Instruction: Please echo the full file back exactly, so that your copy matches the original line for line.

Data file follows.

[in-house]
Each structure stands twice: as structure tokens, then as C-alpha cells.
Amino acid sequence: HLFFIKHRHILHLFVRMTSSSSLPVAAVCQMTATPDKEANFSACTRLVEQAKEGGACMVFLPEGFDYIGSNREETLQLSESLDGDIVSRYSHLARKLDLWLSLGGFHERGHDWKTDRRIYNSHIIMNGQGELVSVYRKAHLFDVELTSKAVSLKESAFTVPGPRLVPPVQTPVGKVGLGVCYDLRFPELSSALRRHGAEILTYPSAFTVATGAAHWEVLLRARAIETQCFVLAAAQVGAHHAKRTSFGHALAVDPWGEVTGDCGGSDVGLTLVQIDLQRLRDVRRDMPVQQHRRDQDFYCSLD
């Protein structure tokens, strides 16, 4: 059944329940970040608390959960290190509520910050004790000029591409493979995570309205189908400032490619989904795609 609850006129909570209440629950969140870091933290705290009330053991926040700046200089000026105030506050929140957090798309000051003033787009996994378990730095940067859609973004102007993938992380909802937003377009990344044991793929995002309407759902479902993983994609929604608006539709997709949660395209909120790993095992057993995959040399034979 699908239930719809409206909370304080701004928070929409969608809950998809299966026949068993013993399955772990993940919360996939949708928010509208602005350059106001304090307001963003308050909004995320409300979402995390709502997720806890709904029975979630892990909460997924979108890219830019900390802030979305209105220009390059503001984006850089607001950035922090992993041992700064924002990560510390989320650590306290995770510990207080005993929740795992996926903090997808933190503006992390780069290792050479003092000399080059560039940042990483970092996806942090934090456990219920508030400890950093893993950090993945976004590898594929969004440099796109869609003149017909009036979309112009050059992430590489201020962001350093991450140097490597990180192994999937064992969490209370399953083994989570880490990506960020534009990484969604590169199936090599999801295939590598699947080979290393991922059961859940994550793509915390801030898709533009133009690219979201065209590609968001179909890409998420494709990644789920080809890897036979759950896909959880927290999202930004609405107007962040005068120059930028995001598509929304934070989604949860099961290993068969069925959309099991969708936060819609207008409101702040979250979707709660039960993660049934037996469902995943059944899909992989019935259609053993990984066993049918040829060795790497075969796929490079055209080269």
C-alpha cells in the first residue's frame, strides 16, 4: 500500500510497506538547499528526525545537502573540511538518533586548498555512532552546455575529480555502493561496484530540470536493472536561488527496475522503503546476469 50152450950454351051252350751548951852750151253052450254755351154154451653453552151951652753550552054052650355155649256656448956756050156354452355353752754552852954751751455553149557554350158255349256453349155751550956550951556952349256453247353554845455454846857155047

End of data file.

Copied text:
[in-house]
Each structure stands twice: as structure tokens, then as C-alpha cells.
Amino acid sequence: HLFFIKHRHILHLFVRMTSSSSLPVAAVCQMTATPDKEANFSACTRLVEQAKEGGACMVFLPEGFDYIGSNREETLQLSESLDGDIVSRYSHLARKLDLWLSLGGFHERGHDWKTDRRIYNSHIIMNGQGELVSVYRKAHLFDVELTSKAVSLKESAFTVPGPRLVPPVQTPVGKVGLGVCYDLRFPELSSALRRHGAEILTYPSAFTVATGAAHWEVLLRARAIETQCFVLAAAQVGAHHAKRTSFGHALAVDPWGEVTGDCGGSDVGLTLVQIDLQRLRDVRRDMPVQQHRRDQDFYCSLD
């Protein structure tokens, strides 16, 4: 059944329940970040608390959960290190509520910050004790000029591409493979995570309205189908400032490619989904795609 609850006129909570209440629950969140870091933290705290009330053991926040700046200089000026105030506050929140957090798309000051003033787009996994378990730095940067859609973004102007993938992380909802937003377009990344044991793929995002309407759902479902993983994609929604608006539709997709949660395209909120790993095992057993995959040399034979 699908239930719809409206909370304080701004928070929409969608809950998809299966026949068993013993399955772990993940919360996939949708928010509208602005350059106001304090307001963003308050909004995320409300979402995390709502997720806890709904029975979630892990909460997924979108890219830019900390802030979305209105220009390059503001984006850089607001950035922090992993041992700064924002990560510390989320650590306290995770510990207080005993929740795992996926903090997808933190503006992390780069290792050479003092000399080059560039940042990483970092996806942090934090456990219920508030400890950093893993950090993945976004590898594929969004440099796109869609003149017909009036979309112009050059992430590489201020962001350093991450140097490597990180192994999937064992969490209370399953083994989570880490990506960020534009990484969604590169199936090599999801295939590598699947080979290393991922059961859940994550793509915390801030898709533009133009690219979201065209590609968001179909890409998420494709990644789920080809890897036979759950896909959880927290999202930004609405107007962040005068120059930028995001598509929304934070989604949860099961290993068969069925959309099991969708936060819609207008409101702040979250979707709660039960993660049934037996469902995943059944899909992989019935259609053993990984066993049918040829060795790497075969796929490079055209080269």
C-alpha cells in the first residue's frame, strides 16, 4: 500500500510497506538547499528526525545537502573540511538518533586548498555512532552546455575529480555502493561496484530540470536493472536561488527496475522503503546476469 50152450950454351051252350751548951852750151253052450254755351154154451653453552151951652753550552054052650355155649256656448956756050156354452355353752754552852954751751455553149557554350158255349256453349155751550956550951556952349256453247353554845455454846857155047